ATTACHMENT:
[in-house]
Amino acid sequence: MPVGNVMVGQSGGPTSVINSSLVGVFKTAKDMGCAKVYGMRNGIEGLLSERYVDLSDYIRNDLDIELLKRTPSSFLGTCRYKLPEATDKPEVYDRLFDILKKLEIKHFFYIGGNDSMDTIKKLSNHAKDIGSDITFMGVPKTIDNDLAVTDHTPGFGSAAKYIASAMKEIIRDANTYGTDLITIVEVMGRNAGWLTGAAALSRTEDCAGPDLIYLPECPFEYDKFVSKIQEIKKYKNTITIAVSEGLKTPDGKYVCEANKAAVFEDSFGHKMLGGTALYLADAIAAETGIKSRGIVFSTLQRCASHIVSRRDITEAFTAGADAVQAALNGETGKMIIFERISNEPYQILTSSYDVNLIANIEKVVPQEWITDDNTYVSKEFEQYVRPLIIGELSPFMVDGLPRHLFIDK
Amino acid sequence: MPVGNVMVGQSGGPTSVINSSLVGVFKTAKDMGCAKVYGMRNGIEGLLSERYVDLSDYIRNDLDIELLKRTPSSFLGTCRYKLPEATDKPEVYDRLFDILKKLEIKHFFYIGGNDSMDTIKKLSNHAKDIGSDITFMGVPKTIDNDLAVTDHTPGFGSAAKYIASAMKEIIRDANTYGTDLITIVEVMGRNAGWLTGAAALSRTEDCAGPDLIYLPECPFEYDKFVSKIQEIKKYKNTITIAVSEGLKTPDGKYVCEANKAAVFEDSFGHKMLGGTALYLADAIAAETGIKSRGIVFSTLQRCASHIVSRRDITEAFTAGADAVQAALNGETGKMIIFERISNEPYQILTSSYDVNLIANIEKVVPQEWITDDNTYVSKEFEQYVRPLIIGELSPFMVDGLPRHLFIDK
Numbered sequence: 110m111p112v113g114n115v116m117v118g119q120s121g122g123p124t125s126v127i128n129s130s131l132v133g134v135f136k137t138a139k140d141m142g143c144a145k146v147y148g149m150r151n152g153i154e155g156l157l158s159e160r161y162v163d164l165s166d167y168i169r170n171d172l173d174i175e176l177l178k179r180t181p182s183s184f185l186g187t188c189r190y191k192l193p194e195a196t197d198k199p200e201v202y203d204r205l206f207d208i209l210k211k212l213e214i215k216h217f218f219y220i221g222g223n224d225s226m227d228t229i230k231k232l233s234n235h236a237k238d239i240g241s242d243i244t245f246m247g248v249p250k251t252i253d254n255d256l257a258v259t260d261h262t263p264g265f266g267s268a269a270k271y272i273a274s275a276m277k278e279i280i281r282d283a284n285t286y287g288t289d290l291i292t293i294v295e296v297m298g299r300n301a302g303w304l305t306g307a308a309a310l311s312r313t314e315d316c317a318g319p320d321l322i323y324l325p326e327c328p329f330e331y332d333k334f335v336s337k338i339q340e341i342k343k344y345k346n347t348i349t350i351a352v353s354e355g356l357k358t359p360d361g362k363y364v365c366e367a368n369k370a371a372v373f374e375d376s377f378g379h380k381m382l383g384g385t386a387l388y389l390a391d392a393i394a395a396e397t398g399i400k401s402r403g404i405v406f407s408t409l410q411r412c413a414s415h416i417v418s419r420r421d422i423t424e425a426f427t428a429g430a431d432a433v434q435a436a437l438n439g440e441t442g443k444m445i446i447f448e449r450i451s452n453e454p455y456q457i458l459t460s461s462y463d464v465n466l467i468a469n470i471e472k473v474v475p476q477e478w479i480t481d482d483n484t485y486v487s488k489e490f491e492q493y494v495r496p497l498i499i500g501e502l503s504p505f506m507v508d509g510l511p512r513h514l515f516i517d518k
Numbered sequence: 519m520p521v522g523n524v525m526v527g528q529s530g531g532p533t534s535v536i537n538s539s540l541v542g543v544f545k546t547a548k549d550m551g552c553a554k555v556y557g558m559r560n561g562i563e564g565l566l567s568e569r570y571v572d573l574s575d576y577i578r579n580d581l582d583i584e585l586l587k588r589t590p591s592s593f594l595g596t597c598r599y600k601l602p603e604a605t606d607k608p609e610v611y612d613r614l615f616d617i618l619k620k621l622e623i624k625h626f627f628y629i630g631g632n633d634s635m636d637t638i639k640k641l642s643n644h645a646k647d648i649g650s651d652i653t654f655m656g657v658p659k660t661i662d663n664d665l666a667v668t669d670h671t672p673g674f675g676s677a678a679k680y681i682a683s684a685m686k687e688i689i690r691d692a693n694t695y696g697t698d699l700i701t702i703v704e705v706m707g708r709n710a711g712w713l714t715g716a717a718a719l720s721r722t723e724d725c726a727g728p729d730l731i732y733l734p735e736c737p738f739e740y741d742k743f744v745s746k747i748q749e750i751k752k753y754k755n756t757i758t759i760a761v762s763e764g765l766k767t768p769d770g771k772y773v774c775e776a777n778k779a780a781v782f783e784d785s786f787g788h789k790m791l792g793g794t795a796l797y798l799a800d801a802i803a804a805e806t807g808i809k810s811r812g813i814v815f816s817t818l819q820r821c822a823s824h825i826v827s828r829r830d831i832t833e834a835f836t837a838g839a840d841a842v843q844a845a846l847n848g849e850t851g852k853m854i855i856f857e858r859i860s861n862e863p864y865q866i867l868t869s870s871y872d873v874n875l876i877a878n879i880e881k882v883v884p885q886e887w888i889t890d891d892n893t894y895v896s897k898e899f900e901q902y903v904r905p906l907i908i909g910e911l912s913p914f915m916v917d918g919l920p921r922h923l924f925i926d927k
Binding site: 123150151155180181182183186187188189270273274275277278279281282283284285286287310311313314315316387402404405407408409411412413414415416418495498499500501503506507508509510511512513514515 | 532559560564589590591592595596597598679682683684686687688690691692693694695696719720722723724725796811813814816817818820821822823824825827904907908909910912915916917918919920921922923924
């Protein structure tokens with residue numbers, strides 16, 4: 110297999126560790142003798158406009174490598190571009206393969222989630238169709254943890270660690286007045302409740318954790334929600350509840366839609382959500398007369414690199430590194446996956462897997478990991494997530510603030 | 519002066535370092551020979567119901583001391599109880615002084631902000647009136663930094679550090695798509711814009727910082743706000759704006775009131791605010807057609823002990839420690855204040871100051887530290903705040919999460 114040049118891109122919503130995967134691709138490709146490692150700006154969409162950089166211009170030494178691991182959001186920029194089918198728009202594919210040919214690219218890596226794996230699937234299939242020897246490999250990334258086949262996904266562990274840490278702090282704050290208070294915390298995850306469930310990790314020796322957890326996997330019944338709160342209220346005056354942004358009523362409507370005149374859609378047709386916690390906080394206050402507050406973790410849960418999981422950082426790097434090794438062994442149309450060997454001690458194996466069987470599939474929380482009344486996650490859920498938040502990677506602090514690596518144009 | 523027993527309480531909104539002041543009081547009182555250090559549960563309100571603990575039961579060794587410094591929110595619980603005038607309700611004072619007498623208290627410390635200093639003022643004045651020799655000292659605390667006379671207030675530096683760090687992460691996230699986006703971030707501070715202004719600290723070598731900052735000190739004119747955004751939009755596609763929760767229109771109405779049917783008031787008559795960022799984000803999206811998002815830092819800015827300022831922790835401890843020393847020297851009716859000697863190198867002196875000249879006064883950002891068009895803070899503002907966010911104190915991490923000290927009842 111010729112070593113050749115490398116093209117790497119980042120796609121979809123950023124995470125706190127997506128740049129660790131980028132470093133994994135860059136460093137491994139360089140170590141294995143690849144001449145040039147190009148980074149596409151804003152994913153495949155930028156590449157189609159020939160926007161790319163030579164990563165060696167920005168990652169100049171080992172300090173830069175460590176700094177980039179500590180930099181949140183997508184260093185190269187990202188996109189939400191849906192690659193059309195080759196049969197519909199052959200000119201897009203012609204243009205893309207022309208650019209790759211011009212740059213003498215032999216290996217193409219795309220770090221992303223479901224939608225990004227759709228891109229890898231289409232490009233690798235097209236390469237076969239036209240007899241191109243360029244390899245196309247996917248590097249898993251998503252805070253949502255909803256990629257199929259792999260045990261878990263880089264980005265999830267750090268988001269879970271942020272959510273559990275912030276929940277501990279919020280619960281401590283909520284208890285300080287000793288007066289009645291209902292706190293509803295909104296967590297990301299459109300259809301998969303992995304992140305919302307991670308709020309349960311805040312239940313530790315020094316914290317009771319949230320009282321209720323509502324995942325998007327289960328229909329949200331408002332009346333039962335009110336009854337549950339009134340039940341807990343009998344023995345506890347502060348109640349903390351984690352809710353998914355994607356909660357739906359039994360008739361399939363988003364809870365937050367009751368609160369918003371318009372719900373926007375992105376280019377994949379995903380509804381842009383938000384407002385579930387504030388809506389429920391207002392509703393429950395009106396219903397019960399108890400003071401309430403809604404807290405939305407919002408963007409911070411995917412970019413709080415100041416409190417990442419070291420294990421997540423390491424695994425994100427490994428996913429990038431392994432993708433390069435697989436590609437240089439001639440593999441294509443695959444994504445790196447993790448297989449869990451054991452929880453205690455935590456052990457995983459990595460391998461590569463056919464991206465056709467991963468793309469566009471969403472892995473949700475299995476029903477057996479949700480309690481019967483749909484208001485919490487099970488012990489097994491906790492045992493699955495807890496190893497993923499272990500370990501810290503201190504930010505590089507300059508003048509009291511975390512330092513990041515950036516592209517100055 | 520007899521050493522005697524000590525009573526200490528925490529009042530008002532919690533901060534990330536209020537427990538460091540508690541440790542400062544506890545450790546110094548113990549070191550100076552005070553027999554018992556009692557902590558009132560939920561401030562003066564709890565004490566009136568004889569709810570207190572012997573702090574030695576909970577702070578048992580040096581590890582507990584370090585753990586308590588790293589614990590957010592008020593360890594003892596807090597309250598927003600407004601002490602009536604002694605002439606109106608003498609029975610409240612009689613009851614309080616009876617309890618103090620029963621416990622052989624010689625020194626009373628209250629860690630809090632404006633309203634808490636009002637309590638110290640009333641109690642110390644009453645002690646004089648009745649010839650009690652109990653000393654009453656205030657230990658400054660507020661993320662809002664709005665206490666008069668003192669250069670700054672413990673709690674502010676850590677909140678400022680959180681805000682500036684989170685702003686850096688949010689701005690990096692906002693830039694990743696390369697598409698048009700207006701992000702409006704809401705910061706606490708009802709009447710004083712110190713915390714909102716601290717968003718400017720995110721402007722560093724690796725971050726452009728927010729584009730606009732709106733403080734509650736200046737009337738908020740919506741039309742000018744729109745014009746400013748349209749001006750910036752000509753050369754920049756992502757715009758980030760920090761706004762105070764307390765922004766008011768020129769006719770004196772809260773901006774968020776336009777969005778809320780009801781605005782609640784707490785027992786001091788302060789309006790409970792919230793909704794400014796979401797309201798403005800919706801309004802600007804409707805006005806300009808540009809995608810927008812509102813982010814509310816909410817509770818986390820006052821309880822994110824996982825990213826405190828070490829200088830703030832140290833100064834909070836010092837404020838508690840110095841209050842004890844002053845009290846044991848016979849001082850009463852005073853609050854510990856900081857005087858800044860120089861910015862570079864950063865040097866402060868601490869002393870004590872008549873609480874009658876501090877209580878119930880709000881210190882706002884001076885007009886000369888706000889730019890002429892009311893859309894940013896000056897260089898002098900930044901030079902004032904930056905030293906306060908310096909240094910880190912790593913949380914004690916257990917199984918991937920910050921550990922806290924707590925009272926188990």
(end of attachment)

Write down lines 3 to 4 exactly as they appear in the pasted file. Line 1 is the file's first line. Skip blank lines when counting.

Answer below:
Amino acid sequence: MPVGNVMVGQSGGPTSVINSSLVGVFKTAKDMGCAKVYGMRNGIEGLLSERYVDLSDYIRNDLDIELLKRTPSSFLGTCRYKLPEATDKPEVYDRLFDILKKLEIKHFFYIGGNDSMDTIKKLSNHAKDIGSDITFMGVPKTIDNDLAVTDHTPGFGSAAKYIASAMKEIIRDANTYGTDLITIVEVMGRNAGWLTGAAALSRTEDCAGPDLIYLPECPFEYDKFVSKIQEIKKYKNTITIAVSEGLKTPDGKYVCEANKAAVFEDSFGHKMLGGTALYLADAIAAETGIKSRGIVFSTLQRCASHIVSRRDITEAFTAGADAVQAALNGETGKMIIFERISNEPYQILTSSYDVNLIANIEKVVPQEWITDDNTYVSKEFEQYVRPLIIGELSPFMVDGLPRHLFIDK
Numbered sequence: 110m111p112v113g114n115v116m117v118g119q120s121g122g123p124t125s126v127i128n129s130s131l132v133g134v135f136k137t138a139k140d141m142g143c144a145k146v147y148g149m150r151n152g153i154e155g156l157l158s159e160r161y162v163d164l165s166d167y168i169r170n171d172l173d174i175e176l177l178k179r180t181p182s183s184f185l186g187t188c189r190y191k192l193p194e195a196t197d198k199p200e201v202y203d204r205l206f207d208i209l210k211k212l213e214i215k216h217f218f219y220i221g222g223n224d225s226m227d228t229i230k231k232l233s234n235h236a237k238d239i240g241s242d243i244t245f246m247g248v249p250k251t252i253d254n255d256l257a258v259t260d261h262t263p264g265f266g267s268a269a270k271y272i273a274s275a276m277k278e279i280i281r282d283a284n285t286y287g288t289d290l291i292t293i294v295e296v297m298g299r300n301a302g303w304l305t306g307a308a309a310l311s312r313t314e315d316c317a318g319p320d321l322i323y324l325p326e327c328p329f330e331y332d333k334f335v336s337k338i339q340e341i342k343k344y345k346n347t348i349t350i351a352v353s354e355g356l357k358t359p360d361g362k363y364v365c366e367a368n369k370a371a372v373f374e375d376s377f378g379h380k381m382l383g384g385t386a387l388y389l390a391d392a393i394a395a396e397t398g399i400k401s402r403g404i405v406f407s408t409l410q411r412c413a414s415h416i417v418s419r420r421d422i423t424e425a426f427t428a429g430a431d432a433v434q435a436a437l438n439g440e441t442g443k444m445i446i447f448e449r450i451s452n453e454p455y456q457i458l459t460s461s462y463d464v465n466l467i468a469n470i471e472k473v474v475p476q477e478w479i480t481d482d483n484t485y486v487s488k489e490f491e492q493y494v495r496p497l498i499i500g501e502l503s504p505f506m507v508d509g510l511p512r513h514l515f516i517d518k